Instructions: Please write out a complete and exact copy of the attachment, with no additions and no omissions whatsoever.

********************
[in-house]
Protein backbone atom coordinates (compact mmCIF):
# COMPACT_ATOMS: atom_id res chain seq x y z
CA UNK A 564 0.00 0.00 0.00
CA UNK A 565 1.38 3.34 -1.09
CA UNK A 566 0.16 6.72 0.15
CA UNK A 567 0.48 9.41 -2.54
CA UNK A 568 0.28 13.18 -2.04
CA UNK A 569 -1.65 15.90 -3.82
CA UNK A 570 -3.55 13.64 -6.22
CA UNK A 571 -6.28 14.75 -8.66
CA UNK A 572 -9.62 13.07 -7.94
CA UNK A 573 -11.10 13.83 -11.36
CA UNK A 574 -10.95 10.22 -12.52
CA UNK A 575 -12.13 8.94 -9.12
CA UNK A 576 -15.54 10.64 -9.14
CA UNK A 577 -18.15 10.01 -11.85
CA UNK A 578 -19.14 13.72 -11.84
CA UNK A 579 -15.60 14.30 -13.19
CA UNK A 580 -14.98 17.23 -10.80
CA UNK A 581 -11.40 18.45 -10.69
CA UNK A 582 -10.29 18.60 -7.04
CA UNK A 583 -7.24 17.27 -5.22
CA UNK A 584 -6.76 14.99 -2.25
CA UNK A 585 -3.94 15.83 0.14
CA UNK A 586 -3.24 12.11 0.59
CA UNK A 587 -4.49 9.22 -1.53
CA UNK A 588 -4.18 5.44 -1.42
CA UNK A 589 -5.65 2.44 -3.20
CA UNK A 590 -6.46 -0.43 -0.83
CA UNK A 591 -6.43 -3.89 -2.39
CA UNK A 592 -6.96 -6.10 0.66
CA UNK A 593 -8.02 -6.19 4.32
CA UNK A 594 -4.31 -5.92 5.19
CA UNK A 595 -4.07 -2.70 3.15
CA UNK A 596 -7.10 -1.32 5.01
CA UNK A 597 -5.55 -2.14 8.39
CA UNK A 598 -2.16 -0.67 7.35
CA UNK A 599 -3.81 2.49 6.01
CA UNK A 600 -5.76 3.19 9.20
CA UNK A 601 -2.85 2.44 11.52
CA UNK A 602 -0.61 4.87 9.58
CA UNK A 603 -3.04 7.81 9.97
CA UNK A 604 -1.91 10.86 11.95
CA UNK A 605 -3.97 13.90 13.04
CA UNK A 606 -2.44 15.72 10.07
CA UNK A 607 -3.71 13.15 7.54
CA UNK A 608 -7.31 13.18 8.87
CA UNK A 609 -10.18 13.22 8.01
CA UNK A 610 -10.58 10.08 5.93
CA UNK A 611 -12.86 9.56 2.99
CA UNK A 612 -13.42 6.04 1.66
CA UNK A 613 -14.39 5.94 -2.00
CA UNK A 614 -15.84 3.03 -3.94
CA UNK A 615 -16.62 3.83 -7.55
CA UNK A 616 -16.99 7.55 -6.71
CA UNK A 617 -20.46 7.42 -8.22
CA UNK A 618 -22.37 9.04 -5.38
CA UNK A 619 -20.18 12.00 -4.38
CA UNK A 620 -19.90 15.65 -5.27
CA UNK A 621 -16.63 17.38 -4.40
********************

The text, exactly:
[in-house]
Protein backbone atom coordinates (compact mmCIF):
# COMPACT_ATOMS: atom_id res chain seq x y z
CA UNK A 564 0.00 0.00 0.00
CA UNK A 565 1.38 3.34 -1.09
CA UNK A 566 0.16 6.72 0.15
CA UNK A 567 0.48 9.41 -2.54
CA UNK A 568 0.28 13.18 -2.04
CA UNK A 569 -1.65 15.90 -3.82
CA UNK A 570 -3.55 13.64 -6.22
CA UNK A 571 -6.28 14.75 -8.66
CA UNK A 572 -9.62 13.07 -7.94
CA UNK A 573 -11.10 13.83 -11.36
CA UNK A 574 -10.95 10.22 -12.52
CA UNK A 575 -12.13 8.94 -9.12
CA UNK A 576 -15.54 10.64 -9.14
CA UNK A 577 -18.15 10.01 -11.85
CA UNK A 578 -19.14 13.72 -11.84
CA UNK A 579 -15.60 14.30 -13.19
CA UNK A 580 -14.98 17.23 -10.80
CA UNK A 581 -11.40 18.45 -10.69
CA UNK A 582 -10.29 18.60 -7.04
CA UNK A 583 -7.24 17.27 -5.22
CA UNK A 584 -6.76 14.99 -2.25
CA UNK A 585 -3.94 15.83 0.14
CA UNK A 586 -3.24 12.11 0.59
CA UNK A 587 -4.49 9.22 -1.53
CA UNK A 588 -4.18 5.44 -1.42
CA UNK A 589 -5.65 2.44 -3.20
CA UNK A 590 -6.46 -0.43 -0.83
CA UNK A 591 -6.43 -3.89 -2.39
CA UNK A 592 -6.96 -6.10 0.66
CA UNK A 593 -8.02 -6.19 4.32
CA UNK A 594 -4.31 -5.92 5.19
CA UNK A 595 -4.07 -2.70 3.15
CA UNK A 596 -7.10 -1.32 5.01
CA UNK A 597 -5.55 -2.14 8.39
CA UNK A 598 -2.16 -0.67 7.35
CA UNK A 599 -3.81 2.49 6.01
CA UNK A 600 -5.76 3.19 9.20
CA UNK A 601 -2.85 2.44 11.52
CA UNK A 602 -0.61 4.87 9.58
CA UNK A 603 -3.04 7.81 9.97
CA UNK A 604 -1.91 10.86 11.95
CA UNK A 605 -3.97 13.90 13.04
CA UNK A 606 -2.44 15.72 10.07
CA UNK A 607 -3.71 13.15 7.54
CA UNK A 608 -7.31 13.18 8.87
CA UNK A 609 -10.18 13.22 8.01
CA UNK A 610 -10.58 10.08 5.93
CA UNK A 611 -12.86 9.56 2.99
CA UNK A 612 -13.42 6.04 1.66
CA UNK A 613 -14.39 5.94 -2.00
CA UNK A 614 -15.84 3.03 -3.94
CA UNK A 615 -16.62 3.83 -7.55
CA UNK A 616 -16.99 7.55 -6.71
CA UNK A 617 -20.46 7.42 -8.22
CA UNK A 618 -22.37 9.04 -5.38
CA UNK A 619 -20.18 12.00 -4.38
CA UNK A 620 -19.90 15.65 -5.27
CA UNK A 621 -16.63 17.38 -4.40